Updated 2010-06-09 13:52:38 by CMcC

Harry Robinson I have heard Windows XP has a sort of protection so that it cannot be copied. I also heard of users having to phone to get the code. Does anyone know how this really works? Is it efficient?

Also does anyone know of a good system to protect a TCL software?

Thank one thank all (June 1 2004)

See source protection. It's a good idea to run a search [1] before creating a new page.

Source protection is a much more apt term. "Piracy" is inaccurate, because legally, what's happening is "misappropriation", meaning using something wrongfully, against the wishes of the author as expressed in the license. This is different than stealing or pirating something. If I take your car, you no longer have the car to use. If I copy your software against your wishes, you may (or may not) lose out on some money, but of course still own the software. - davidw

That page really doesn't cover this topic. Preventing an executable from being copied and used elsewhere is not the same problem as protecting source from prying eyes. One might argue day and night about the right & wrong of each, the possibilities for success, etc. But clearly they are not the same question, though both might come up in the same discussion.

To Mr. Robinson's question...my understanding is that XP obtains information on the hardware configuration and compares this information with the hardware present at boot time. This is, of course, an oversimplification, but that is the general concept. There is nothing to prevent a TCL app from doing something similiar, but to my knowlege it has not been implemented.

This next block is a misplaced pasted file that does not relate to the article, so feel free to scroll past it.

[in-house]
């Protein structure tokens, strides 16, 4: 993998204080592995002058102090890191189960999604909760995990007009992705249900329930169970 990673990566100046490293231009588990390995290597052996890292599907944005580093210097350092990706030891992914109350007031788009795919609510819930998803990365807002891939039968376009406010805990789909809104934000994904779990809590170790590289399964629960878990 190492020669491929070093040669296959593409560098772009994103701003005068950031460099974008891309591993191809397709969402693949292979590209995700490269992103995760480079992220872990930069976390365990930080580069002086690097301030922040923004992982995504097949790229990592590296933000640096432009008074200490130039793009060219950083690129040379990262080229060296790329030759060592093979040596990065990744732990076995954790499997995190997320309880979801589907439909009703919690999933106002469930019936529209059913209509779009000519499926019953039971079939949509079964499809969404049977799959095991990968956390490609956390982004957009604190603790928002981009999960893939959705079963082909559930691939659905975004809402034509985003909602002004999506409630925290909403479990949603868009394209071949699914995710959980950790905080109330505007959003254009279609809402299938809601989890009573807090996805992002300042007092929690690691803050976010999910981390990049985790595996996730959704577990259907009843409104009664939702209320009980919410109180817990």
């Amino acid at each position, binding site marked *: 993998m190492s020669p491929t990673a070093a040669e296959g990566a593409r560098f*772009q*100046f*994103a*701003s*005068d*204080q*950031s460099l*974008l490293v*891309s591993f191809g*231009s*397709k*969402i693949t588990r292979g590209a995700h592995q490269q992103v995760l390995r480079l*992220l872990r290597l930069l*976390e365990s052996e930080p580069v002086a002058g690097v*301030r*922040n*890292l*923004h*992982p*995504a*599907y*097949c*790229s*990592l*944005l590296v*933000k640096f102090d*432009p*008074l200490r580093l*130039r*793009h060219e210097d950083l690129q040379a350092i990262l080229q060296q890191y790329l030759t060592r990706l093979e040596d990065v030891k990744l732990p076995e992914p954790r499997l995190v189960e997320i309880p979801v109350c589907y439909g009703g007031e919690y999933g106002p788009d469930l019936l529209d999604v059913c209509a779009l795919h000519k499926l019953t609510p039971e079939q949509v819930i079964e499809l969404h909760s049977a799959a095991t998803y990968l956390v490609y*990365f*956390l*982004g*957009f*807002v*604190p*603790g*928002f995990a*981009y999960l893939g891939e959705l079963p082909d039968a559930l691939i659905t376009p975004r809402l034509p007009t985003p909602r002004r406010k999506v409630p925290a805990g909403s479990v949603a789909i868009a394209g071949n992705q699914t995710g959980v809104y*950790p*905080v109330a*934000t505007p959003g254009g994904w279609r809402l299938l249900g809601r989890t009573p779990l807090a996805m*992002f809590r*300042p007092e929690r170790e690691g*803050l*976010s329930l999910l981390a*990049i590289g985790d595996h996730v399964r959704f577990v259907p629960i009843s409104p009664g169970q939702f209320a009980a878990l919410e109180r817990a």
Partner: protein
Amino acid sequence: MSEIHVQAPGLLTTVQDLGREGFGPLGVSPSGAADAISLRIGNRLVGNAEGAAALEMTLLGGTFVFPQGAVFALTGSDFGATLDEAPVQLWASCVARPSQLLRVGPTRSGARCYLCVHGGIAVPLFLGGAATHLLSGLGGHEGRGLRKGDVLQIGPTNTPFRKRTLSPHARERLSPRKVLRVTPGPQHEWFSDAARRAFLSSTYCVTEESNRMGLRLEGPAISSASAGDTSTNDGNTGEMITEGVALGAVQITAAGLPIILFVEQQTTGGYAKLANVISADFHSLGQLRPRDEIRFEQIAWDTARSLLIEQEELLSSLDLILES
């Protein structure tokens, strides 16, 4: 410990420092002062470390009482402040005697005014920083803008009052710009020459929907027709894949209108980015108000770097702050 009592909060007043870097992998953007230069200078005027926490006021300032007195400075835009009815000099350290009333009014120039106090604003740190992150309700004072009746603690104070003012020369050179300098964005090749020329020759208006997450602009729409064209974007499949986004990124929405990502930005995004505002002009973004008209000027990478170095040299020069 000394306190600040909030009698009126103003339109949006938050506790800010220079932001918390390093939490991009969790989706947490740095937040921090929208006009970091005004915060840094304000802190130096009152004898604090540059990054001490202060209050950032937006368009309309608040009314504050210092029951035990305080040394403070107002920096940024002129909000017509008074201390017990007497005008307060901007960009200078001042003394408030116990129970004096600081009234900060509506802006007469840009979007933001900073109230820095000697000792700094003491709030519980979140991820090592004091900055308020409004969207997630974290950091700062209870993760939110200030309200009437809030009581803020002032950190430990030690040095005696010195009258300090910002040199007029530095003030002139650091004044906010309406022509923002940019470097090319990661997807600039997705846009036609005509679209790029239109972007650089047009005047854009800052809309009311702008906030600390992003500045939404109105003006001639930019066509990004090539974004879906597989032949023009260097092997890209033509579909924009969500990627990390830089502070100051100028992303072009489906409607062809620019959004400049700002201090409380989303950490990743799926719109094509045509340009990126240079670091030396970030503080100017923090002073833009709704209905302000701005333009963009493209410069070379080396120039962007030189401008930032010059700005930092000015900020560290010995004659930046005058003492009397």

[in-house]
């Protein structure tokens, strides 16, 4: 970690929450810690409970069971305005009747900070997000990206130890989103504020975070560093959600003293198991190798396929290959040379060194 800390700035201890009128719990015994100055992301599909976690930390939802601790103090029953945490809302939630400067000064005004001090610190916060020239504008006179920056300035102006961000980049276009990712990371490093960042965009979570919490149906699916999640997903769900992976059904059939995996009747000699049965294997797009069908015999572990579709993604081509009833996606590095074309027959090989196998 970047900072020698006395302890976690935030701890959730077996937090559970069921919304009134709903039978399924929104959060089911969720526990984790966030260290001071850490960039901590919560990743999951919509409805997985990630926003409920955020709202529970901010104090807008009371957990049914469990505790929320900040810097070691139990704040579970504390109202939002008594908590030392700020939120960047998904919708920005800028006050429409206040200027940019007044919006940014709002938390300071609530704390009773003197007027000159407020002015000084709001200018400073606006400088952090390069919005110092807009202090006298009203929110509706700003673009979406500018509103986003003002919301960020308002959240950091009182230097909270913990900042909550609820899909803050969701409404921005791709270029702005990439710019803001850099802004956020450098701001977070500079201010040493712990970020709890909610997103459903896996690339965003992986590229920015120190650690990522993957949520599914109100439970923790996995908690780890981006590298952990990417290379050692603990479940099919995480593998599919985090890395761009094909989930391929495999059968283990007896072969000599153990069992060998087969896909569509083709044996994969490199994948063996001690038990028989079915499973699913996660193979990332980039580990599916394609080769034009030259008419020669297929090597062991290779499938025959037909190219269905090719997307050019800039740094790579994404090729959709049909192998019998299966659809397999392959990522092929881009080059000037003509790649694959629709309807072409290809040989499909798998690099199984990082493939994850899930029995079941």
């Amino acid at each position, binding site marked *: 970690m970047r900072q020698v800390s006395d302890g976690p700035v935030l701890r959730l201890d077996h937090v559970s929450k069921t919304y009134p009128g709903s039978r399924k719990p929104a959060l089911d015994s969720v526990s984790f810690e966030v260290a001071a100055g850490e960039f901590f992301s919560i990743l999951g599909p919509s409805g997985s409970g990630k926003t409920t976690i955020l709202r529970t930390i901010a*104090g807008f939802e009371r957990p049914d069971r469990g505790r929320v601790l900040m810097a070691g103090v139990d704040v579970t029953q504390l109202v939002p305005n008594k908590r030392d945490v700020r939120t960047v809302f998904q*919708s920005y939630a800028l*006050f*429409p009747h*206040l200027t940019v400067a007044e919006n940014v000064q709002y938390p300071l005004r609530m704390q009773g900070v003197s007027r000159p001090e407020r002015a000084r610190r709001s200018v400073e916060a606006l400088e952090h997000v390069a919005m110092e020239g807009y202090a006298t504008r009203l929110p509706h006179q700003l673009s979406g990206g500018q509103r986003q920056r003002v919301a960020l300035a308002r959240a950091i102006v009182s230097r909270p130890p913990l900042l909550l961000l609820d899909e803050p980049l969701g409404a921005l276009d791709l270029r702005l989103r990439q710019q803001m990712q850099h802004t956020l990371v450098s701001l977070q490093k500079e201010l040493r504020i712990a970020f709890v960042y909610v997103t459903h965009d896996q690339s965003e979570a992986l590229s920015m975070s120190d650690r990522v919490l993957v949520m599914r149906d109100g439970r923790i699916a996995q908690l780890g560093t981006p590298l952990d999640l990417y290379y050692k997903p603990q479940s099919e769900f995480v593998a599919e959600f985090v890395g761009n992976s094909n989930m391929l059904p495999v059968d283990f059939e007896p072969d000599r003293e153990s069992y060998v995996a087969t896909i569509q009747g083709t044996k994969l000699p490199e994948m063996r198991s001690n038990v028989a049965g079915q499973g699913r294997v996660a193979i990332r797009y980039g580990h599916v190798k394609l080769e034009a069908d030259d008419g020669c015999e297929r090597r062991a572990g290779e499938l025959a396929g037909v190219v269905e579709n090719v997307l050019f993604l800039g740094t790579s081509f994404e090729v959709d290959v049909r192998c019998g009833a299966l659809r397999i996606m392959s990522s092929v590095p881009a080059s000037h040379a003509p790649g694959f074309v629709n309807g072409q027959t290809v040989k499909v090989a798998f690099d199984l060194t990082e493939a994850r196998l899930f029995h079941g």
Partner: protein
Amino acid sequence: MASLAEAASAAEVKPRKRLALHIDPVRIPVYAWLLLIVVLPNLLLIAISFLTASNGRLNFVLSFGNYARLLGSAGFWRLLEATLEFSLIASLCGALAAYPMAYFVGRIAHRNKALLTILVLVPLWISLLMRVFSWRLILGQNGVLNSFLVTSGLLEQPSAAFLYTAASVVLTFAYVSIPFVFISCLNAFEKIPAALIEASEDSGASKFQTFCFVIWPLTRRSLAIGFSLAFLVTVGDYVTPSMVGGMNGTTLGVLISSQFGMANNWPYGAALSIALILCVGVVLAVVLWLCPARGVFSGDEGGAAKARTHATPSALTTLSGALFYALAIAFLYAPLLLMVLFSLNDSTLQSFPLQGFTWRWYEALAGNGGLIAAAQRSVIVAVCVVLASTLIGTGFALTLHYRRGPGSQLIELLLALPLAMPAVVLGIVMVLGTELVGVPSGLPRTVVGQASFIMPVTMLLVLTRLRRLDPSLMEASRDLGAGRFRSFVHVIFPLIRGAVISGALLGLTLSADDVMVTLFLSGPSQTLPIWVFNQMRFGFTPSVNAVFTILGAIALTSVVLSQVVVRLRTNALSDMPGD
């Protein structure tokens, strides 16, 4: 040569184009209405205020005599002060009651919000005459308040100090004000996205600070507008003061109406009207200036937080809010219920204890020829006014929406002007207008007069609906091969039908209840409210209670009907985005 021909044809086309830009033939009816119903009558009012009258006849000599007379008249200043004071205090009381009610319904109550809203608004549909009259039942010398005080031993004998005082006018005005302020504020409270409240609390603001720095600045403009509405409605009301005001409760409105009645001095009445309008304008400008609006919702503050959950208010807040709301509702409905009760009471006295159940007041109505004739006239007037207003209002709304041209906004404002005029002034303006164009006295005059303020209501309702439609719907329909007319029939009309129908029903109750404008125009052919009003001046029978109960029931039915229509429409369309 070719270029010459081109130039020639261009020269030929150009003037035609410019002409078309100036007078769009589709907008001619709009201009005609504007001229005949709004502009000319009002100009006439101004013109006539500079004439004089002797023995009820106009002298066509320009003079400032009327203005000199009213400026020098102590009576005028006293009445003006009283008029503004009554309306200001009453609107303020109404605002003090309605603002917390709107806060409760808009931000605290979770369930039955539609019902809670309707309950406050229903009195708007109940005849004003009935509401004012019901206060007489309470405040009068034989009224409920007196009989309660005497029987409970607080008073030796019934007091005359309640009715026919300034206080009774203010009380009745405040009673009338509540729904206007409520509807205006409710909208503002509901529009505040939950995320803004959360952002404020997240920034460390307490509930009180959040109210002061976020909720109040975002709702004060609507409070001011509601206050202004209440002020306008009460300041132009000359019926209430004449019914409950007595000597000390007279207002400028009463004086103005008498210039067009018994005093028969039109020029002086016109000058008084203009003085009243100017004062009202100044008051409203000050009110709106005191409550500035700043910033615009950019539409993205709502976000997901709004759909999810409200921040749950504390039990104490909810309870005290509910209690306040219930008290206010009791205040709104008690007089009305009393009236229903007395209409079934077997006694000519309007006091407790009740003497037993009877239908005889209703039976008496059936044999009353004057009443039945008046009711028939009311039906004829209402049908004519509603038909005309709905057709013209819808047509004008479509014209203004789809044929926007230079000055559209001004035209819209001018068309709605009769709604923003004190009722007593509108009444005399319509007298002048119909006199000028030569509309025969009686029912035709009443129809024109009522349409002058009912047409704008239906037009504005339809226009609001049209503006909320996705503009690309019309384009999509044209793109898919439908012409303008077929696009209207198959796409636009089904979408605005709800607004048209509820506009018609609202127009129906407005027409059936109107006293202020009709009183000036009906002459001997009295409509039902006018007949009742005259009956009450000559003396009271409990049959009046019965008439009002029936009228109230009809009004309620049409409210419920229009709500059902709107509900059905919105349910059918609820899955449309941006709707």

I know the Scriptics tools used a licence-key server system to control licencing. Perhaps something like this would suit your needs. Others would know more about it then me, and hopefully will chime in here ;-).

Harry Robinson ''Thanks so much for a very enlightening answer Mister ... (I'm sorry I did not see your name! :-)). I have been told the same thing about XP's protection: it does a sort of virtual digital prints. Very interesting!

The Scriptics tool sounds like the solution I am looking for. Thanks! No offense to supporters of open-code but bear with us we'll be trying to make a living with software so we just can't give it out.

Beware - I've often pondered the same thing. The way I see it, you need to choose some unique code on the computer (Hard drive serial number, Windows key, or some other piece of information).

What many/most small apps do is to encrypt that code into some other code and present this to the user on registering. The customer then pays, and is sent a second code to input and 'unlock' the program. The second code would be the first code, run through some algorithm.

So the code the customer is given can be stored with the app (it doesn't need encrypting or anything), and at run time, the app can get the original unique code from the computer, convert it into the second code (the one the customer sees), then convert that using the same algorithm that you used to give them their key. Compare the keys, and if they're the same, then run 'unlocked'.

The main problem is a resourceful hacker (the people that make keygens) might be able to figure out your algorithms, since they're in the applications' code...